More from Libba Bray
Published: March 31, 2006
|Here is additional material from Beth Bakkum's interview with author Libba Bray for the May 2006 How I Write column in The Writer:|
On becoming a writer
When I was 18, I was in a serious car accident (not that there are any fun and trivial car accidents). Among other injuries, I destroyed my face, which had to be rebuilt over the next few years, and I also lost an eye. This was just a few months before I went away to college. It was a painful, lonely time, and I began to keep a journal as a way of keeping myself alive, basically. It was a way to say everything that needed to be said, to scream and rage and cry and howl--all the things I felt I couldn't do in my life. I found I really enjoyed the writing for its own sake. It gave me a sense of being part of the world rather than of being cut off from it. It still does that for me.
Her inspiration for A Great and Terrible Beauty
One evening I was watching a pack of teenage girls walk down the street. They were dressed up for something, and as they passed these three boys who were coming from the opposite direction, they copped this attitude of, "Yeah, that's right, suckers, we OWN you." But the minute the boys were out of sight, the girls changed completely. They started doing these small, self-conscious, very young things--pulling at their hair, giggling. It was like they had some kind of magic that they were only playing with but didn't really know how to use yet. And I thought, hmmmm (to quote Laurie Anderson). So, the idea sprang from the notion that emerging female sexuality--that electric power of "Oooh, look what I can do!" that you discover in your teens--can be both terribly exciting as well as terribly threatening, to the girls themselves and to society at large. Plus, I love a good gothic tale, and I felt like it might be fun to try to write one.
I often look at what I've written previously, making tweaks and cuts or additions as a way of getting back into the groove. But usually I get the book back after the first draft and dive into major revision mode, which isn't pretty. I mutter a lot during that period. Also, I think I smell. Not a lot of dinner invitations are issued when I'm revising. Funny that. The revision period is actually my favorite part, though. So many more possibilities seem to open up once I know where I've been and can see a bit more of where I'm going.
Hmmm, writer's block. Somehow that connotes a quaint Dick Van Dyke Show episode of Rob, Sally and Buddy pacing in Rob's office, the silence broken by great jokes and a rollicking laugh track. What I usually experience is something more akin to Edvard Munch's "The Scream" with a soundtrack by Black Flag. More panicked screaming, less quaintness.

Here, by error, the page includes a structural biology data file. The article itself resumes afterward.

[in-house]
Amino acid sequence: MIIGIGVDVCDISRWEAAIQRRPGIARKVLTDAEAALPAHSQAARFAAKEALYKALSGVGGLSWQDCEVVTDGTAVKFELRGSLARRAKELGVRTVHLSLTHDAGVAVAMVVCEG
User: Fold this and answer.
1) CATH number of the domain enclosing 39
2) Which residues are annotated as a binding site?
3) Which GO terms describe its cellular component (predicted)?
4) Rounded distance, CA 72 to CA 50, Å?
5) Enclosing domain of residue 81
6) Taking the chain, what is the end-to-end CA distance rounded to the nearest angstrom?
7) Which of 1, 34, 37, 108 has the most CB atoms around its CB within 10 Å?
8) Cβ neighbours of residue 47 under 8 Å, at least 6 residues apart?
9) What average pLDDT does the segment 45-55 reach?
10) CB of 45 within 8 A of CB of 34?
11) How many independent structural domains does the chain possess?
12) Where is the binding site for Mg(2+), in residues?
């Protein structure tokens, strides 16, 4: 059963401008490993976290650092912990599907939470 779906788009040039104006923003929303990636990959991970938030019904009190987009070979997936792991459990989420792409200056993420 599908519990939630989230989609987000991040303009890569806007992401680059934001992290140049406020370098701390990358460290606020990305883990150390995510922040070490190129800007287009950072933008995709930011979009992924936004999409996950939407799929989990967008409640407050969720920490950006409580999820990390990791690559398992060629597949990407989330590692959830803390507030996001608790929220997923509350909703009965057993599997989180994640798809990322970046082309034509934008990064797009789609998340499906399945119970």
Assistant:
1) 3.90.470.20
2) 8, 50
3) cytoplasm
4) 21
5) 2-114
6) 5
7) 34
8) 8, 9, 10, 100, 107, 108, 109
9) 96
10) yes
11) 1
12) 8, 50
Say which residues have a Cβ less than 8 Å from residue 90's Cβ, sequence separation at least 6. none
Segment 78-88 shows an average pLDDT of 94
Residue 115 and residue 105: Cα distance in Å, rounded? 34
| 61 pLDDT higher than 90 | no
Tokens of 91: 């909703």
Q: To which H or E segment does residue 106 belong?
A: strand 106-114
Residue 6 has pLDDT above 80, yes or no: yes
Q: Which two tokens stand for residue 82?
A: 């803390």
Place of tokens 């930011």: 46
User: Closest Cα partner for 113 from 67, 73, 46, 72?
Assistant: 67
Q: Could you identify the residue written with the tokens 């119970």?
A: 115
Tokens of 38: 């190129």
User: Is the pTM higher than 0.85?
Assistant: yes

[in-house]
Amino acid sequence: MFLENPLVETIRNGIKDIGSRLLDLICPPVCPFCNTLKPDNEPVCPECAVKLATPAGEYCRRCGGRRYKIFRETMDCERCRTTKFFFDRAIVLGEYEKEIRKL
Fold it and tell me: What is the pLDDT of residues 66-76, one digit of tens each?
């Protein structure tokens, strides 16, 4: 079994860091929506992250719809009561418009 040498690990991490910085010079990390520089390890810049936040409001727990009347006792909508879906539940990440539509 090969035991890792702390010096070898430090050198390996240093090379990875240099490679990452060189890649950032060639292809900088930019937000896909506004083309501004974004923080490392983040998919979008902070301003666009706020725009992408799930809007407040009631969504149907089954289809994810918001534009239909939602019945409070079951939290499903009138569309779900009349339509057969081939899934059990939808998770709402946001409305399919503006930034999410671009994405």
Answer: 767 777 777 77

I don't usually have an absence of ideas. It's more the how-do-I-connect-this-to-that-and-what-do-I-put-here problems. I find that when I get bogged down in the mechanics of a piece, I always go back to the emotion and follow it down the rabbit hole. I ask the basic questions, "What does my character want? What is she afraid of? What is the worst thing that could happen? The best?" If forcing myself to sit with it doesn't produce any ideas, I work on something else that's on the back burner, so that at least I'm writing on SOMETHING and I don't walk away feeling quite as defeated and grumpy.
I actually set up a small obstacle course in my apartment consisting of Hot Wheels cars, dirty socks, wet towels that do not make it onto towel bars, discarded backpacks and lunchboxes, bills, receipts to be filed, books to be read someday, old New York Times and other domestic flotsam and jetsam. (Actually, other people in my home have helped to set this up for me. They are very invested in my happiness.) I run it, back and forth, while trying to resolve plot lines in my head. It's my own Cirque du Soleil of writing angst. And who doesn't love to wear spandex outfits that resemble exotic birds while simultaneously contemplating metaphor?
I think the demands of writing versus the demands of home are a tough balance. I wonder if this is unique to women writers, or if men feel it as well. There never seems to be enough time. And yet, being knee-deep in the everyday muck of life often produces those necessary epiphanies, so there you go. Is it an obstacle, or is it a tutorial? When you can snatch the pebble from my hand, Grasshopper, it will be time for you to go.